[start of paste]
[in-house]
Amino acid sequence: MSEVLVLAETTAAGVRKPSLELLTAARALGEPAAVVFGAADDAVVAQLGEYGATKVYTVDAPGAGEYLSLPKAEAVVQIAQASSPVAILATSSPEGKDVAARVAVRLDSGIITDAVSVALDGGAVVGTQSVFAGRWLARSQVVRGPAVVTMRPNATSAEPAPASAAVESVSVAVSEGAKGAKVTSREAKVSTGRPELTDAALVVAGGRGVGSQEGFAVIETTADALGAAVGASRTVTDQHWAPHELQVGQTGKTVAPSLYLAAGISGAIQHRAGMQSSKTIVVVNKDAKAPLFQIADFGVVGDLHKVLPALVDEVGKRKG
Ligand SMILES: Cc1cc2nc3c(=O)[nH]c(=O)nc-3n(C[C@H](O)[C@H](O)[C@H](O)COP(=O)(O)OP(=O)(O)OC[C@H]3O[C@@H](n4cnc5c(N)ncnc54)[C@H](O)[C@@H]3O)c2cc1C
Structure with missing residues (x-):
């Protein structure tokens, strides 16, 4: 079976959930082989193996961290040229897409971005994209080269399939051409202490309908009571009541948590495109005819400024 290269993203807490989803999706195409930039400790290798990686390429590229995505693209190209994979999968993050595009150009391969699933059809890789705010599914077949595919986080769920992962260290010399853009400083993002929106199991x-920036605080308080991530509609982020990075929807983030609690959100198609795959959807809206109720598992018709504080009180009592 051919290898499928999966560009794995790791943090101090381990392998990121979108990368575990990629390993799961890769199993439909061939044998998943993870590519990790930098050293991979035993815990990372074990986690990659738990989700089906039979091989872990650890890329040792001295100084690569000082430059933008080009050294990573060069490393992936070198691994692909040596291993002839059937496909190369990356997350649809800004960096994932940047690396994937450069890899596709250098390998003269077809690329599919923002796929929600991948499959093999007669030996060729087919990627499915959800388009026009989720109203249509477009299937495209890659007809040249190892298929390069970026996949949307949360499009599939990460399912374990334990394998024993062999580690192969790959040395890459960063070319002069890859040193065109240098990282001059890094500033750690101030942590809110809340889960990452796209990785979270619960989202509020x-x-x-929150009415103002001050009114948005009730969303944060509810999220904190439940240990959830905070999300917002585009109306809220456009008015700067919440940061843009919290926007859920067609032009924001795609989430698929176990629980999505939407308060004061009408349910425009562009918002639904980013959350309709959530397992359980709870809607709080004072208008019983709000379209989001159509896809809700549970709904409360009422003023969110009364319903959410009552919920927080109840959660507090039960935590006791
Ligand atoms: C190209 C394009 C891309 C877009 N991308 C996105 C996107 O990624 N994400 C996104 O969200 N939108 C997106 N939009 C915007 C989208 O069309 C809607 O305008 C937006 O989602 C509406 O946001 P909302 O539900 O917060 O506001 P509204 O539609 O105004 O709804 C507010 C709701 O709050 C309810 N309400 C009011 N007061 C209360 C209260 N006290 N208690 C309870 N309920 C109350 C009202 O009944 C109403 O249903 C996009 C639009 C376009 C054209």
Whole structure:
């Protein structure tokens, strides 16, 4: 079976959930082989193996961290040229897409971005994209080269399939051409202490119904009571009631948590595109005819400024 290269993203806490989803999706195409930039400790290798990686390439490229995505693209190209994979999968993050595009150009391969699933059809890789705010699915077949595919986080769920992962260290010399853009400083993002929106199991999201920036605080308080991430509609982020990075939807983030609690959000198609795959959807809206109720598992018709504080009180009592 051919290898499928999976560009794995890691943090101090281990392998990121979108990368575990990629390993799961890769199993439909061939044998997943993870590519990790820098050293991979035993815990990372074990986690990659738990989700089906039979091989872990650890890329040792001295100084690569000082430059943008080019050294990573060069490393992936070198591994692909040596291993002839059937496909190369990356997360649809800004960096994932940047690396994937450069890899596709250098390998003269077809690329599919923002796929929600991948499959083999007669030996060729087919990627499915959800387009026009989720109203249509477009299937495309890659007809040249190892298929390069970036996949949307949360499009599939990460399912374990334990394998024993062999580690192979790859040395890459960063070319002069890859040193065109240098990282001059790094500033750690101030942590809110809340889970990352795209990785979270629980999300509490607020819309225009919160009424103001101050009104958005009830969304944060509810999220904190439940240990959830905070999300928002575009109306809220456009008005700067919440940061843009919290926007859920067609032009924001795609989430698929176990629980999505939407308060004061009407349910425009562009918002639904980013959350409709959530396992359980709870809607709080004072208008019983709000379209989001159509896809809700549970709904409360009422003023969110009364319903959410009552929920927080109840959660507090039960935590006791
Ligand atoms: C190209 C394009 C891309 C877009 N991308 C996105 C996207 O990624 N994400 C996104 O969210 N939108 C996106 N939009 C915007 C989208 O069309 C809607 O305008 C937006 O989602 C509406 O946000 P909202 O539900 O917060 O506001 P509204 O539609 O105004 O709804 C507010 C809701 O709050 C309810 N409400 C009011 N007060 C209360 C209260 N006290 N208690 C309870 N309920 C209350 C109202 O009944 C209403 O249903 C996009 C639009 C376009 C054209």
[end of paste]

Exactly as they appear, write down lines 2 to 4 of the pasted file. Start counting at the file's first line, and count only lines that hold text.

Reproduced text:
Amino acid sequence: MSEVLVLAETTAAGVRKPSLELLTAARALGEPAAVVFGAADDAVVAQLGEYGATKVYTVDAPGAGEYLSLPKAEAVVQIAQASSPVAILATSSPEGKDVAARVAVRLDSGIITDAVSVALDGGAVVGTQSVFAGRWLARSQVVRGPAVVTMRPNATSAEPAPASAAVESVSVAVSEGAKGAKVTSREAKVSTGRPELTDAALVVAGGRGVGSQEGFAVIETTADALGAAVGASRTVTDQHWAPHELQVGQTGKTVAPSLYLAAGISGAIQHRAGMQSSKTIVVVNKDAKAPLFQIADFGVVGDLHKVLPALVDEVGKRKG
Ligand SMILES: Cc1cc2nc3c(=O)[nH]c(=O)nc-3n(C[C@H](O)[C@H](O)[C@H](O)COP(=O)(O)OP(=O)(O)OC[C@H]3O[C@@H](n4cnc5c(N)ncnc54)[C@H](O)[C@@H]3O)c2cc1C
Structure with missing residues (x-):